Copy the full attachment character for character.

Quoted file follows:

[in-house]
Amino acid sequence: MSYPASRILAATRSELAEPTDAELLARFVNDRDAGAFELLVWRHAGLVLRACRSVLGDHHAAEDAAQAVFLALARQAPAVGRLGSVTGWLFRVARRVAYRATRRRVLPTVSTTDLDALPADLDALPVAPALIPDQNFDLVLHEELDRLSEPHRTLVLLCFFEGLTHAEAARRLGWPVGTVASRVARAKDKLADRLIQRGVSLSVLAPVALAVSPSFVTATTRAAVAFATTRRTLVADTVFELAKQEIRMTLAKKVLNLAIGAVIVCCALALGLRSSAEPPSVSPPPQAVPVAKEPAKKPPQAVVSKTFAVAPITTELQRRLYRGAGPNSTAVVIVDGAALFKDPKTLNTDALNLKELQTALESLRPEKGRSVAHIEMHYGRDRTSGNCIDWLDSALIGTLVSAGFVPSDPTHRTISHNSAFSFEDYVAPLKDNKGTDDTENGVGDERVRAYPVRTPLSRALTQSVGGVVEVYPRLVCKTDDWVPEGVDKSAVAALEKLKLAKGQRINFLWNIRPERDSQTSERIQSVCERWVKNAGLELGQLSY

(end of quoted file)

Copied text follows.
[in-house]
Amino acid sequence: MSYPASRILAATRSELAEPTDAELLARFVNDRDAGAFELLVWRHAGLVLRACRSVLGDHHAAEDAAQAVFLALARQAPAVGRLGSVTGWLFRVARRVAYRATRRRVLPTVSTTDLDALPADLDALPVAPALIPDQNFDLVLHEELDRLSEPHRTLVLLCFFEGLTHAEAARRLGWPVGTVASRVARAKDKLADRLIQRGVSLSVLAPVALAVSPSFVTATTRAAVAFATTRRTLVADTVFELAKQEIRMTLAKKVLNLAIGAVIVCCALALGLRSSAEPPSVSPPPQAVPVAKEPAKKPPQAVVSKTFAVAPITTELQRRLYRGAGPNSTAVVIVDGAALFKDPKTLNTDALNLKELQTALESLRPEKGRSVAHIEMHYGRDRTSGNCIDWLDSALIGTLVSAGFVPSDPTHRTISHNSAFSFEDYVAPLKDNKGTDDTENGVGDERVRAYPVRTPLSRALTQSVGGVVEVYPRLVCKTDDWVPEGVDKSAVAALEKLKLAKGQRINFLWNIRPERDSQTSERIQSVCERWVKNAGLELGQLSY